The thermostats 3,4 generate on/off output signals A,B in response to the thermal load in their respective zones. These signals A,B are monitored by the zone controller 5. The zone controller 5 is arranged to integrate with respect to time the on- and off-times of each of the thermostat signals A,B so that the zone of greatest thermal demand (ZGD) or greatest thermal load can be determined.
Various methods can be used to determine this zone of greatest demand (ZGD). A quantity called the duty-cycle can be computed for each zone according to: ##EQU1## duty-cycle =length of on-time length of on-time plus off-time so that the zone with the largest thermostat duty-cycle is the ZGD. Alternatively, the ZGD is the zone with the longest thermostat on-time or the zone with the shortest thermostat off-time. The thermostat signal from the zone of greatest demand is used to produce output signals for controlling the damper associated with that zone and the heating/cooling plant.
Alternatively, the zone controller may be supplied with the temperature in each zone by means of individual zone temperature sensors. The sensed temperature in each zone can then be compared with the desired control point temperature to form an error signal. The zone with the largest error signal is the ZGD. Alternatively, the error signal may be determined by external means and supplied directly to the zone controller.
To synchronize the opening of the dampers in the other zones, called zones of lesser demand or ZLD's, with the initiation of a heating/cooling plant on-cycle and the opening of the damper in the ZGD, the zone controller must first compute the on-periods of the dampers in the ZLD's. In the preferred embodiment, this is accomplished by multiplying the duty-cycle of the thermostat signal in each ZLD by the length of the on-period plus off-period of the thermostat signal in the ZGD. The master zone controller 5 then outputs these computed on-signals to the other zone dampers coincident with the start of the on-period of the ZGD. The duty-cycle of the controller output signals is equal to the duty-cycles of the thermostats in the corresponding zones but have a time period that is equal to that of the ZGD. Thus, the amount of time during which all zone dampers are open simultaneously is maximized. Since the heating/cooling plant is being controlled in a conventional manner, i.e., by one thermostat, the number of on/off cycles experienced by the plant will be very similar to a conventional, single-zone system. Also, by allowing the plant to be controlled by only one thermostat, the short cycling of the plant will be prevented. Since the amount of time when all zone dampers are open is maximized, the amount of time when all of the plant heating/cooling capacity is delivered to only one zone is minimized. This will reduce the degree of room temperature fluctuations. Maximizing the airflow through the heating/cooling plant will prevent an excessive furnace temperature and the build-up of ice on an air conditioner heat exchanger coil.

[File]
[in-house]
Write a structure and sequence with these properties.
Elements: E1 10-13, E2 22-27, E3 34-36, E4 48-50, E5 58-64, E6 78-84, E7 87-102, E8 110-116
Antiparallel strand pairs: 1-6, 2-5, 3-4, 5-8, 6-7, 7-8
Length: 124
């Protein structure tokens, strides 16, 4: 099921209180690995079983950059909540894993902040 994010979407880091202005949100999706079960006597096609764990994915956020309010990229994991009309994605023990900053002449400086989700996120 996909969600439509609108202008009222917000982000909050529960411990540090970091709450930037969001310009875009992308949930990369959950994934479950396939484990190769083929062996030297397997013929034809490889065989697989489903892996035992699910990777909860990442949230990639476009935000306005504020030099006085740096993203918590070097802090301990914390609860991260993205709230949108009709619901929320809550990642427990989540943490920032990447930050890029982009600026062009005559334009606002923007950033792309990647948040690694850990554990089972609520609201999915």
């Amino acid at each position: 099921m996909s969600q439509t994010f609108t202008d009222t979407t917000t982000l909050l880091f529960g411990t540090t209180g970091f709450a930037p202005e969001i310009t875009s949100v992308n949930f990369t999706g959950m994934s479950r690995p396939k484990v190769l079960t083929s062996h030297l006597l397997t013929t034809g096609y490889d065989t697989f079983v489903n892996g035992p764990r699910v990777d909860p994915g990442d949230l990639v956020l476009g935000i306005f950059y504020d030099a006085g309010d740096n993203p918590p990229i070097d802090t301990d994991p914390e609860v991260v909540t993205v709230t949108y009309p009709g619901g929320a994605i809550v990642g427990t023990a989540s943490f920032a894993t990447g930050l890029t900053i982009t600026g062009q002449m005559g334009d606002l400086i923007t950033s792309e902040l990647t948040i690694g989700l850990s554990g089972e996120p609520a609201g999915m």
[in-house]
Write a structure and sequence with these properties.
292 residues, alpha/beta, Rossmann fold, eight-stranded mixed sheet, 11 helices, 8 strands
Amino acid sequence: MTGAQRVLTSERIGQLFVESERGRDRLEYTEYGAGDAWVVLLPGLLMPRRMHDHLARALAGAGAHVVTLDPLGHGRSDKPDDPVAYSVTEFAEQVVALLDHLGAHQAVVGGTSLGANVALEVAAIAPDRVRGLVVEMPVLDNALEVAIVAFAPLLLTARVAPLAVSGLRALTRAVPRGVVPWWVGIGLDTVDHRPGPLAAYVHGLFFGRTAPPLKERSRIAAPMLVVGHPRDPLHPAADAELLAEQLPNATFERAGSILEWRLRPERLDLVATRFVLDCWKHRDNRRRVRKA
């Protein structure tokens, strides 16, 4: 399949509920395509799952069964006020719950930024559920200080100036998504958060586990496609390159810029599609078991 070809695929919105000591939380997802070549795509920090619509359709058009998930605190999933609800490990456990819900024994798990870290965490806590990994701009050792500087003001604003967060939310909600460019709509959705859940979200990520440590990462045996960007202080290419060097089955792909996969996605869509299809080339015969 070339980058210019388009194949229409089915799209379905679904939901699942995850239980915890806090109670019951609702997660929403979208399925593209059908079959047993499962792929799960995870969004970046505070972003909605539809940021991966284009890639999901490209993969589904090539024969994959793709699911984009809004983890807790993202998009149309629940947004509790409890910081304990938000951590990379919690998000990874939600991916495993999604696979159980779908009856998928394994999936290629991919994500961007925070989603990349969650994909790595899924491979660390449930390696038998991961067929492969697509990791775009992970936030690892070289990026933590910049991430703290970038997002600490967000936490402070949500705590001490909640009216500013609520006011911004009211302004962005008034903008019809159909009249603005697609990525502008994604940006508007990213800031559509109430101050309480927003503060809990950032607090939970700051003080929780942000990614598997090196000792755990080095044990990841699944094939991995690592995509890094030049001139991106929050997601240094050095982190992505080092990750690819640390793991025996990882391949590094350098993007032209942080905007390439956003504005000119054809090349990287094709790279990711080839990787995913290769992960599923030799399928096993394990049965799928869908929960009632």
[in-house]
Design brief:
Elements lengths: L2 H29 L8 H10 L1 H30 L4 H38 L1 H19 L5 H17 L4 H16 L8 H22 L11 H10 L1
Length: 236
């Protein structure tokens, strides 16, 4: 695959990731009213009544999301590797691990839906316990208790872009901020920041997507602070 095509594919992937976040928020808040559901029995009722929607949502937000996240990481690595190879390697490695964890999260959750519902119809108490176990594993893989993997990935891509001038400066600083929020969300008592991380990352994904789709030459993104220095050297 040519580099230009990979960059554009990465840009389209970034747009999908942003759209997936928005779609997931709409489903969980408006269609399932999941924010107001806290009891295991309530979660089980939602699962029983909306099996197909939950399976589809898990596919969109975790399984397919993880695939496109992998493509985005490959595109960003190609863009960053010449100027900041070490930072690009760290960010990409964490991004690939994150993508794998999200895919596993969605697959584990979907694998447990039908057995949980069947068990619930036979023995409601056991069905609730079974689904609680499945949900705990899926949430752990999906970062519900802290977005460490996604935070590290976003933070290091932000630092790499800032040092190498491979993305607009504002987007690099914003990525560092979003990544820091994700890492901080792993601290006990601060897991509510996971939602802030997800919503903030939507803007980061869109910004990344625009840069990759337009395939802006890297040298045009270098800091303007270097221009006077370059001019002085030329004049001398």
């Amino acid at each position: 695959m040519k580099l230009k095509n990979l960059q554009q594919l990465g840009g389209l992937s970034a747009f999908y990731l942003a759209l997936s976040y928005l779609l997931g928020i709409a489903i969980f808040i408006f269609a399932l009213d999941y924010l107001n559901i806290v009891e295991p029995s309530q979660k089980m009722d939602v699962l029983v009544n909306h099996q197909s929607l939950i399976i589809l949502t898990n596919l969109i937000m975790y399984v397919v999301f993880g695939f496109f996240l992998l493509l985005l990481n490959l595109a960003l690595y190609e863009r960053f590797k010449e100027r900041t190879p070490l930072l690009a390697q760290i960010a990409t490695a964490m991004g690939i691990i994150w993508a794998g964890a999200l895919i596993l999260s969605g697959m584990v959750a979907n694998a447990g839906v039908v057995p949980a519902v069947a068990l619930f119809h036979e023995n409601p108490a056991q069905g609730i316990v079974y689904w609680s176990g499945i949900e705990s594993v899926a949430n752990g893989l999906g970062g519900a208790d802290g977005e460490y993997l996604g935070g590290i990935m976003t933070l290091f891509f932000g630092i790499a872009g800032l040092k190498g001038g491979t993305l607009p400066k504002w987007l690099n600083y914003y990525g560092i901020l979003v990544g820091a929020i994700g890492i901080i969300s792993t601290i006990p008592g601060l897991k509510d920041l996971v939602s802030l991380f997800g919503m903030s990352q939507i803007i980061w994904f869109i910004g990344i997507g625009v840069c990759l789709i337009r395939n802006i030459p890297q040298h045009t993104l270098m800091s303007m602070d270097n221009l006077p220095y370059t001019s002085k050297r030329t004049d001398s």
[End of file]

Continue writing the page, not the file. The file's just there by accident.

The operation of the preferred embodiment of the present invention will now be discussed in detail, with reference made to FIGS. 2 and 3. FIG. 2 is a flow chart which describes the programmed logic that is executed by the microprocessor in the master zone controller 5. FIG. 3 is a graph showing the status of the on/off input and output signals at the master zone controller 5 that would occur during a typical operation.